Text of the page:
Temperature and Heat

1 Introduction

These snowshoers on Mount Hood in Oregon are enjoying the heat flow and light caused by high temperature. All three mechanisms of heat transfer are relevant to this picture. The heat flowing out of the fire also turns the solid snow to liquid water and vapor. (credit: modification of work by “Mt. Hood Territory”/Flickr)

Photograph of people sitting around a campfire in the snow.

Heat and temperature are important concepts for each of us, every day. How we dress in the morning depends on whether the day is hot or cold, and most of what we do requires energy that ultimately comes from the Sun. The study of heat and temperature is part of an area of physics known as thermodynamics. The laws of thermodynamics govern the flow of energy throughout the universe. They are studied in all areas of science and engineering, from chemistry to biology to environmental science.

In this chapter, we explore heat and temperature. It is not always easy to distinguish these terms. Heat is the flow of energy from one object to another. This flow of energy is caused by a difference in temperature. The transfer of heat can change temperature, as can work, another kind of energy transfer that is central to thermodynamics. We return to these basic ideas several times throughout the next four chapters, and you will see that they affect everything from the behavior of atoms and molecules to cooking to our weather on Earth to the life cycles of stars.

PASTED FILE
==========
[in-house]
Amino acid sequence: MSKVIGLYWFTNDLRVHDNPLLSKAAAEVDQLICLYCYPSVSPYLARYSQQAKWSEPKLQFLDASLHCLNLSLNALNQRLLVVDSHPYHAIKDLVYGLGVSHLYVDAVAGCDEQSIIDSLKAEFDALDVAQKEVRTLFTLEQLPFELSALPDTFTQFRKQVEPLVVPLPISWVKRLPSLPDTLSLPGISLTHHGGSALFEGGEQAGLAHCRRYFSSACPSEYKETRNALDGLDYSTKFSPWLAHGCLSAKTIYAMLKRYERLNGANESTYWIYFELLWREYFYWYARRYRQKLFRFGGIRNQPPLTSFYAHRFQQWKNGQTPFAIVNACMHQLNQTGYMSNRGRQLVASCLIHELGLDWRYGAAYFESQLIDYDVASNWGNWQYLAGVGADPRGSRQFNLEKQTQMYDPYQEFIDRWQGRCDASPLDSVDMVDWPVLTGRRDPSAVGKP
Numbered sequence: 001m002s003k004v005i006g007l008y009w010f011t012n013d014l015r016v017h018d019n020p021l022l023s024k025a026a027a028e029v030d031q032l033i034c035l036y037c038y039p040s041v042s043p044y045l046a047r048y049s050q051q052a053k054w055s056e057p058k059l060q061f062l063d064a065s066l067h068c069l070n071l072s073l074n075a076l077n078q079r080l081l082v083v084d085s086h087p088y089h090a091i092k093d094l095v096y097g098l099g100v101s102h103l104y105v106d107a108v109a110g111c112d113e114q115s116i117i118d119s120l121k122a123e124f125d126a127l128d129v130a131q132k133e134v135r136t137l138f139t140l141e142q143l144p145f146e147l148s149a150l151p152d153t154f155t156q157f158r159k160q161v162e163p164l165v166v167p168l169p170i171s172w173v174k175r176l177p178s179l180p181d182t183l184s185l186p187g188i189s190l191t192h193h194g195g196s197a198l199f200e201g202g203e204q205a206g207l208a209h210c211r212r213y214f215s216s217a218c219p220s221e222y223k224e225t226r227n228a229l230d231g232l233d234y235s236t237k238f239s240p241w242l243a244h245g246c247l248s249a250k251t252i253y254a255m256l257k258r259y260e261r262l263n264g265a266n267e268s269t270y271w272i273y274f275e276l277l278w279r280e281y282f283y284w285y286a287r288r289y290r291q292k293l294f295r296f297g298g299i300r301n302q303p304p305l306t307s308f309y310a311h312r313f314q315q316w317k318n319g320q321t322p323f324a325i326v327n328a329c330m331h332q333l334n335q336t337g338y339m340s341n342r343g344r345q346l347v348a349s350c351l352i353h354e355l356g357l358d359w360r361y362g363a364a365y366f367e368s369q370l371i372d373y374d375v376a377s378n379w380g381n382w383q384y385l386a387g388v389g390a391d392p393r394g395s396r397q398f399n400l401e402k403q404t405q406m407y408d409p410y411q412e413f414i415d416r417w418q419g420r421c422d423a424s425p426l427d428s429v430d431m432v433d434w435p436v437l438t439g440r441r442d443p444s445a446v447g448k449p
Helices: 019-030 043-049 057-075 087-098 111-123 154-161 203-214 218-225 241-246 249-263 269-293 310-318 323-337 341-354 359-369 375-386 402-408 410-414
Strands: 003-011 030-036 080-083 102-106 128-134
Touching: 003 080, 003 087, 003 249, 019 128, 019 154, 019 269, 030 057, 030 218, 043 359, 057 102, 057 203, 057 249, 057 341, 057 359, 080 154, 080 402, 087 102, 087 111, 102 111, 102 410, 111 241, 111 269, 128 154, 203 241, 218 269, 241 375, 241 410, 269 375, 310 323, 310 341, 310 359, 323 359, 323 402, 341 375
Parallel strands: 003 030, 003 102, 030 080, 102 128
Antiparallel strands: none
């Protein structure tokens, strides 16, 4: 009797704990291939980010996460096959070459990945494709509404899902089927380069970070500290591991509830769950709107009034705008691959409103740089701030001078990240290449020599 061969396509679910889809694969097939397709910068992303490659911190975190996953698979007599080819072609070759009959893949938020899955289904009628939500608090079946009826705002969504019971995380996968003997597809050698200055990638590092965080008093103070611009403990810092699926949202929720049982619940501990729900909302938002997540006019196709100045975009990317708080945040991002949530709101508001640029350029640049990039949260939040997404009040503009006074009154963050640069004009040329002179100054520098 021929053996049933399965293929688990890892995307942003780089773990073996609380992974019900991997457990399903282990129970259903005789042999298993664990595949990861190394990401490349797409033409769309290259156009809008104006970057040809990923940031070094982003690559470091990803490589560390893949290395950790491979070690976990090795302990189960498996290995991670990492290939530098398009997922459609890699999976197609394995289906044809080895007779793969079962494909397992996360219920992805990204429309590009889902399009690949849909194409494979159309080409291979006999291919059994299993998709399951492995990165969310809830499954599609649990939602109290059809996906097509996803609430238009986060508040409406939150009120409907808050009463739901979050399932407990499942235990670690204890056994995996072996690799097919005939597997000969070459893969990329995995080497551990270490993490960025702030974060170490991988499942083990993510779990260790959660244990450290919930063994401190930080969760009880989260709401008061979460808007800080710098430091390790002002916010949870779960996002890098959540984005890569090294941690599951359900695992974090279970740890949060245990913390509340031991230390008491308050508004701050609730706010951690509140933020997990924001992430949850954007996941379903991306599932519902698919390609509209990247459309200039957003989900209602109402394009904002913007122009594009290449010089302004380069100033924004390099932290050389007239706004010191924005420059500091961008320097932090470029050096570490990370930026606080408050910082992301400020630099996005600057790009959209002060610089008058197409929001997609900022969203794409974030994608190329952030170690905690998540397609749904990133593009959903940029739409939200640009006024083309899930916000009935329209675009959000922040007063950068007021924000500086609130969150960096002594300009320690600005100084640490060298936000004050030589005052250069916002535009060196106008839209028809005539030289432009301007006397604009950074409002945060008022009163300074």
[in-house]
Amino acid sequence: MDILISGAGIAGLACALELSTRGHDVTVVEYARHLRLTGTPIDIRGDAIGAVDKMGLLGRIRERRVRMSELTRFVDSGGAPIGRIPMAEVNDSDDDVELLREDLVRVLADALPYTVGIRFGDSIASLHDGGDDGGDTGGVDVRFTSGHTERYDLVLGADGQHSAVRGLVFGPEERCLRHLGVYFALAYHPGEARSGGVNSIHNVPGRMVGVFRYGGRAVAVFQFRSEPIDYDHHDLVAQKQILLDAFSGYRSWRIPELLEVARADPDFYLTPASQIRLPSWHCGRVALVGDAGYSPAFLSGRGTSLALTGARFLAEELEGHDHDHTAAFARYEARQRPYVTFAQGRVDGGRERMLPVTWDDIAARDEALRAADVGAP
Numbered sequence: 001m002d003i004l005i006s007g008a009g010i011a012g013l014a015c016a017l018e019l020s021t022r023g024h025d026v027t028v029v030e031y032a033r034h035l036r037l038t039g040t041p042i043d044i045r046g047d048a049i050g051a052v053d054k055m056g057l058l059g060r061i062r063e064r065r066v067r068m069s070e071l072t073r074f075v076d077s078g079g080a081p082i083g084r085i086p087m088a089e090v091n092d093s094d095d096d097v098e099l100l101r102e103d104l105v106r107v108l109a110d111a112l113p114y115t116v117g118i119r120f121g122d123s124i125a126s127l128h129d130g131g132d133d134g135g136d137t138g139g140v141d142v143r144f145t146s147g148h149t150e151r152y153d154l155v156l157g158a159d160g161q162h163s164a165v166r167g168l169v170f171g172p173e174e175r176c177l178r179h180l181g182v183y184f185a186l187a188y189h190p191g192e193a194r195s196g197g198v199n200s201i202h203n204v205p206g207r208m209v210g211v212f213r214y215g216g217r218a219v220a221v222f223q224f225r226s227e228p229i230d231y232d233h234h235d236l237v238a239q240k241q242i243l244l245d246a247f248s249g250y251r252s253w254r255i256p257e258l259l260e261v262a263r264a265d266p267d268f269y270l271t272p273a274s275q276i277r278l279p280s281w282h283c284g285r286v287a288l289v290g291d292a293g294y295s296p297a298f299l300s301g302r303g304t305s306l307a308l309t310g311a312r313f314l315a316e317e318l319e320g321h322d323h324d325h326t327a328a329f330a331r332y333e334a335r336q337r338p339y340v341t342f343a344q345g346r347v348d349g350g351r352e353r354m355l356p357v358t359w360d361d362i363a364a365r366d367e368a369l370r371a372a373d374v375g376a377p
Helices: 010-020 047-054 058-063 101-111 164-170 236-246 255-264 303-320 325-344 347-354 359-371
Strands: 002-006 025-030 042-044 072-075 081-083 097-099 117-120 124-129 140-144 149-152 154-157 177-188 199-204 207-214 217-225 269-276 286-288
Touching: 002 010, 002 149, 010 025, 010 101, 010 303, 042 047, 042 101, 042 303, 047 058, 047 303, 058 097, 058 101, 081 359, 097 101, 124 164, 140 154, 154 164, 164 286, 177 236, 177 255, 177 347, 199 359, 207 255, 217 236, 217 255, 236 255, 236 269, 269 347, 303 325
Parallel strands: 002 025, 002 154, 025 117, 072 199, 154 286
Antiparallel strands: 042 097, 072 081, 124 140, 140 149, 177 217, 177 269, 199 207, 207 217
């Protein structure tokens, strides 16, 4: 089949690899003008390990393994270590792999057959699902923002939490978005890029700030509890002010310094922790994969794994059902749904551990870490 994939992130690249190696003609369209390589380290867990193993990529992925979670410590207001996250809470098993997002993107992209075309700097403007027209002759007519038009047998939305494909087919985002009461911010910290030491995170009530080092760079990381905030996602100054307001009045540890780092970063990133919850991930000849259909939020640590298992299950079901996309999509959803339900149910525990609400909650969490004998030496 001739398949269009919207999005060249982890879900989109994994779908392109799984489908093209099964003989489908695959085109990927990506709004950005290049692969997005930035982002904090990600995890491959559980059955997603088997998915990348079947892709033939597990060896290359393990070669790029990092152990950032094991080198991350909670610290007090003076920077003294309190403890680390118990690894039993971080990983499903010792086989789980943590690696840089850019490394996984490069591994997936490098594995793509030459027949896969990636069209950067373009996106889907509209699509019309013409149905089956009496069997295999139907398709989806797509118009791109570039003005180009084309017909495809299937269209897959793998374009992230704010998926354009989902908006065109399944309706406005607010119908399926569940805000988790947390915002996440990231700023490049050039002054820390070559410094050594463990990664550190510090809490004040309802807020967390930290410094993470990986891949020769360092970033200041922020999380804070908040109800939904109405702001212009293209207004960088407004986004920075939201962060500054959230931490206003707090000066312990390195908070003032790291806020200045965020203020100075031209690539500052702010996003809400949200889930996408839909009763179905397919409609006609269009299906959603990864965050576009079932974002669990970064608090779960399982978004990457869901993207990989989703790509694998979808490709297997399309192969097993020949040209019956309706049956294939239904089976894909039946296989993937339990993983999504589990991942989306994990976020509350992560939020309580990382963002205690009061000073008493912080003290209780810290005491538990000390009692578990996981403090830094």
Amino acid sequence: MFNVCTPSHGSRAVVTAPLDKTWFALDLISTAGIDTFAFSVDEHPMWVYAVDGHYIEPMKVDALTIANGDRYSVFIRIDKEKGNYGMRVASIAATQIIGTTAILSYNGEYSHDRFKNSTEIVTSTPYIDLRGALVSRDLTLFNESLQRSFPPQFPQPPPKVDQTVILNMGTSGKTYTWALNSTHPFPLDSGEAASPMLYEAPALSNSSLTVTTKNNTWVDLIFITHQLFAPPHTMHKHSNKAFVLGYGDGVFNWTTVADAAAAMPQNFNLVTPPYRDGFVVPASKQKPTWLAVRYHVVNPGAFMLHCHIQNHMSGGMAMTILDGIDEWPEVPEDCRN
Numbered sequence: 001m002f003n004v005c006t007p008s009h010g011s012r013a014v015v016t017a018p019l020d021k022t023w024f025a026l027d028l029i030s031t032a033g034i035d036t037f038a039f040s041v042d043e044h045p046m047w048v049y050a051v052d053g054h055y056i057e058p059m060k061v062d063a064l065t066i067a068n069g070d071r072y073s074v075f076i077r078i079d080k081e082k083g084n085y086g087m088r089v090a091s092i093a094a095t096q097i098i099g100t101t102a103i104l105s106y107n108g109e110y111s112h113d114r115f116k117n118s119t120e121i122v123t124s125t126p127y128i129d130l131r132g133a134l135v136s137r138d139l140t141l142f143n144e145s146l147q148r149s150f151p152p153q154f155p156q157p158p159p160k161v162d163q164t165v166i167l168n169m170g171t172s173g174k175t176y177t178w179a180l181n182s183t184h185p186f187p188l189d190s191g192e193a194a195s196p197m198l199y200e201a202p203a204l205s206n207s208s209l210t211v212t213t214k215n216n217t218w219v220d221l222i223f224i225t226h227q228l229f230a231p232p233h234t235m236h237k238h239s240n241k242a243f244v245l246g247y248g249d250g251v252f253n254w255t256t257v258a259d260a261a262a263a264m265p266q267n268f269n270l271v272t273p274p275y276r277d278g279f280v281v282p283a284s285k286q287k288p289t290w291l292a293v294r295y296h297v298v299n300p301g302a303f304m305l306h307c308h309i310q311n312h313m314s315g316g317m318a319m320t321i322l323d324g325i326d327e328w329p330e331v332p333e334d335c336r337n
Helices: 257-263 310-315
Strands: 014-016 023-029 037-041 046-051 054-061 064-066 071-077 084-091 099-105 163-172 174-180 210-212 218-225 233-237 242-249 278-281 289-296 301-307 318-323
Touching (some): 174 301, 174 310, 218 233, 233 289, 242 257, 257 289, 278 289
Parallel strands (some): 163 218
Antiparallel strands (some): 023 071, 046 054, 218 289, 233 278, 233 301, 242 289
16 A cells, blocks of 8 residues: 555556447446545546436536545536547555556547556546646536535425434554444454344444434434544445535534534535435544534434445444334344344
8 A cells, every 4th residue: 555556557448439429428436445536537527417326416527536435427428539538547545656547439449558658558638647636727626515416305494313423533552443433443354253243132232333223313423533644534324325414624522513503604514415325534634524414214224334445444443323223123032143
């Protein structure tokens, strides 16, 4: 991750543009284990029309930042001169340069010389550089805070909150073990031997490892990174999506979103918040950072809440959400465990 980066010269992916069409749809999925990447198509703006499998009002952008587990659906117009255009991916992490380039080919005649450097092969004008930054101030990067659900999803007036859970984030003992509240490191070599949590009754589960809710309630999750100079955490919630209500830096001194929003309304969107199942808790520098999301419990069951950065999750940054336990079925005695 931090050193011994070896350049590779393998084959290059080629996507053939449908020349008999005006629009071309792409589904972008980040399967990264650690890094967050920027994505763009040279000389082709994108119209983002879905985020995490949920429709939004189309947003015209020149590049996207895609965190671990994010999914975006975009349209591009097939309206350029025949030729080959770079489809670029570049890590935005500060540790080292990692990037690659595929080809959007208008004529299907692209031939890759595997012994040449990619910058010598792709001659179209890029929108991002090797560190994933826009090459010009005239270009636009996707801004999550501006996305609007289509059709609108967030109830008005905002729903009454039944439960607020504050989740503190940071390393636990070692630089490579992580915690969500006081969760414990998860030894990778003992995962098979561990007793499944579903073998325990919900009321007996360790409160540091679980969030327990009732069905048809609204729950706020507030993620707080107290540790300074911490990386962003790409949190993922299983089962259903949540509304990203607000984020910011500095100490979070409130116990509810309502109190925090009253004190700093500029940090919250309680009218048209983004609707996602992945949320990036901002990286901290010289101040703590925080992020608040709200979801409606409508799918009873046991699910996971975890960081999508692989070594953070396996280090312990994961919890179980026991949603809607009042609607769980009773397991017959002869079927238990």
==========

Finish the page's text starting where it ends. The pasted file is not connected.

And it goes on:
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University Physics Volume 2 by cnxuniphysics is licensed under a Creative Commons Attribution 4.0 International License, except where otherwise noted.

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